• Appendix English Language – this now provides that where an applicant has met the English language requirement in a previous UK immigration application under any category, they will not be required to meet it again unless the current application requires English language ability at a higher level. Malta and Ireland have now been added as majority English-speaking countries
  • Appendix Finance – this covers maintenance requirements

Although the number of cross-referenced appendices will be lower than under the current PBS, there will still be a need to look in multiple places to find out what the full requirements of an immigration route are.

Alongside revisions to the Immigration Rules, the Home Office will also have to update all its related website content and application forms, as well as its guidance for sponsors, applicants and case workers.

All in all, this amounts to a mammoth undertaking, and errors will inevitably be made. It will be a considerable time before the nuances of the new order are fully understood, and any unintended issues are ironed out. Users of the system will need to be vocal about raising issues, and will likely need to be persistent to get them satisfactorily resolved.

Tip 3: Pay attention to validity requirements

One of the notable features of the new student Rules is that in addition to the existing requirements to apply on the appropriate application form, to pay application fees and the Immigration Health surcharge and to provide biometrics and a passport or travel document as proof of identity, some requirements that are currently considered to be eligibility requirements will become application validity requirements. For Students, these include:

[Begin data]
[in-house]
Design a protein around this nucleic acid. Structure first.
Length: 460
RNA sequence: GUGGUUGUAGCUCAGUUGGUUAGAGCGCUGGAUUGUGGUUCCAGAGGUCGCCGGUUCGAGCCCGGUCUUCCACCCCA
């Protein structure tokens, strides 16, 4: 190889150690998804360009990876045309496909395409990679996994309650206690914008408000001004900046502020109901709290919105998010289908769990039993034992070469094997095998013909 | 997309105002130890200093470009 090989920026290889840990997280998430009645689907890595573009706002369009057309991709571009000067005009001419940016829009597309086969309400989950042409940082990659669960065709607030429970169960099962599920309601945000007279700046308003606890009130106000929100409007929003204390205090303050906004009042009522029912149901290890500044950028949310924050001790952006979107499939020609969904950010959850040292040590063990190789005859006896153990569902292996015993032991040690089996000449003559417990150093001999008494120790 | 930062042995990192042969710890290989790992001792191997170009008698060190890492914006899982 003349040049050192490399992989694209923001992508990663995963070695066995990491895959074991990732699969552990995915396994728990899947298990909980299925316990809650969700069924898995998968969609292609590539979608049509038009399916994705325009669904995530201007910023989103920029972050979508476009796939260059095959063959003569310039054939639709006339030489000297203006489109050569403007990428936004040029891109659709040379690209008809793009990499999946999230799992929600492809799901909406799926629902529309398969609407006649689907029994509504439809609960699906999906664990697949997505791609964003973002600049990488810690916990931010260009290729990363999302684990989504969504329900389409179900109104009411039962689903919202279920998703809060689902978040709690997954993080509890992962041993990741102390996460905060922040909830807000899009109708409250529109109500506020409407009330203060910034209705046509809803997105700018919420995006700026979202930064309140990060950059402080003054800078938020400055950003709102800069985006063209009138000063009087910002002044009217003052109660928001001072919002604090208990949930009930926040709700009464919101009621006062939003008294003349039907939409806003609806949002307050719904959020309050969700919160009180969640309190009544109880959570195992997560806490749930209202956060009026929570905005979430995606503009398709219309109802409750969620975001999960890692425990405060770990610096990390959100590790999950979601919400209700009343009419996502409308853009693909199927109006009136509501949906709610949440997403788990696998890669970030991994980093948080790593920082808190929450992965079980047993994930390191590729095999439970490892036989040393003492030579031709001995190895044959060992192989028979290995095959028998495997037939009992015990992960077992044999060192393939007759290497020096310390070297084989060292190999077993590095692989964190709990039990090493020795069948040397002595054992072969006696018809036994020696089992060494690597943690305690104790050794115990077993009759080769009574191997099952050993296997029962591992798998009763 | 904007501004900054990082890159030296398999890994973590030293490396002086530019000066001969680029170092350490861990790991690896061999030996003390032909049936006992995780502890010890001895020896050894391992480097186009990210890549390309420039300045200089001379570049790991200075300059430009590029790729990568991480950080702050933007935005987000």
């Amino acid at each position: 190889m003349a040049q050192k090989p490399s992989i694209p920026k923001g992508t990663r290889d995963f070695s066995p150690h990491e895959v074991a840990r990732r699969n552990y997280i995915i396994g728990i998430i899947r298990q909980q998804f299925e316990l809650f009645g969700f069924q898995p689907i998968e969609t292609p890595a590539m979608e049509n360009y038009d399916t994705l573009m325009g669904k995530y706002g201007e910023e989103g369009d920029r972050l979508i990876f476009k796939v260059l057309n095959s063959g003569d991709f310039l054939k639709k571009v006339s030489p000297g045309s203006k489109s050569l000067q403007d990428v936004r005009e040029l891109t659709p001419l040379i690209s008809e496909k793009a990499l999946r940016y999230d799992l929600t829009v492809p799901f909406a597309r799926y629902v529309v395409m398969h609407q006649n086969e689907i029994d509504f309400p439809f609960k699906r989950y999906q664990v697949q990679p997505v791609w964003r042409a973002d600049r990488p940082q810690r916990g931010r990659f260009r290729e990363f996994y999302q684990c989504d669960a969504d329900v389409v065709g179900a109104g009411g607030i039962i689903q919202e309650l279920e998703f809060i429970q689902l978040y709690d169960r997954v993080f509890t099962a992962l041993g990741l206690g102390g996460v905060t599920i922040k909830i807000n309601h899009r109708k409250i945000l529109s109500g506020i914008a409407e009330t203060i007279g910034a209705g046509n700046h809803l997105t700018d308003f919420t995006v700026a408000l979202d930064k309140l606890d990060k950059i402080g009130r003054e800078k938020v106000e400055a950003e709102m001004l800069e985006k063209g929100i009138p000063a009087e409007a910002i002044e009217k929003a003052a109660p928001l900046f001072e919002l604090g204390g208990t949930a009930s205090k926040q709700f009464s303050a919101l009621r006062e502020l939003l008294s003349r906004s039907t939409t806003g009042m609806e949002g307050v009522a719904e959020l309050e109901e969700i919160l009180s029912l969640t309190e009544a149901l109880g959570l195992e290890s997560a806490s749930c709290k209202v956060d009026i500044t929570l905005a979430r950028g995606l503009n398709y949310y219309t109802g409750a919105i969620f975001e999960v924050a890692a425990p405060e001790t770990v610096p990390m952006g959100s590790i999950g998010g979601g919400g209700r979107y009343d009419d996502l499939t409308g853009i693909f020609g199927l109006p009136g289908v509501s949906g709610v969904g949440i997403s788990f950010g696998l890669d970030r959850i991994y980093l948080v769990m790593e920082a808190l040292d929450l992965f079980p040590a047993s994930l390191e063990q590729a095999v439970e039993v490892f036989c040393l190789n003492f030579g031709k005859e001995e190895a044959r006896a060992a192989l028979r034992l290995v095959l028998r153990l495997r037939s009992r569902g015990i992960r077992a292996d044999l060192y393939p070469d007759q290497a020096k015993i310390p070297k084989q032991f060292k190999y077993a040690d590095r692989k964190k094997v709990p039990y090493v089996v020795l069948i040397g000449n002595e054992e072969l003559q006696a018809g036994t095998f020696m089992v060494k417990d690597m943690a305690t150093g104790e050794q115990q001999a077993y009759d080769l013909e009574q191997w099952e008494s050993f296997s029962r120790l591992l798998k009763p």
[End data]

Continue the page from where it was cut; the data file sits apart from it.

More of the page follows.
• The age of the applicant
  • The immigration category or status the applicant is allowed to switch from
  • Having a Confirmation of Acceptance for Studies reference number at the date of application
  • Having the consent of a government of international sponsorship agency where the applicant has been sponsored in the 12 months before the date of application

 

The benefit of this change is that if an application is deemed to be invalid, the application fee will be refunded, whereas currently it would not be.

 

The much larger pitfall however is that for in-country applicants, an invalid application will mean that no application will have been considered to have been made at all. This can have severe implications for people who attempt to make an application for further permission to stay immediately before their current permission runs out, because a statutory extension of their leave will not arise.

 

If such a person only finds out their application is invalid after their immigration permission has expired and resubmits their application after the expiry of their permission, they will be doing so as an overstayer. This introduces significant complexity and uncertainty into the application process. Also, without a statutory extension of leave, the person would have no immigration conditions, so would not be able to work, study or rent private accommodation during the consideration of their application, even if they were allowed to do so under their previous expired leave.

 

The Home Office may still provide an applicant with a single opportunity to correct issues that would render their application invalid. However, it remains to be seen what the mechanism will be to enable consideration of an application outside the Immigration Rules where a validity requirement is not met, eg where an applicant is asking for a switching requirement to be waived.

 

Tip 4: Get any sponsor licences in order and stay on top of CoS allocations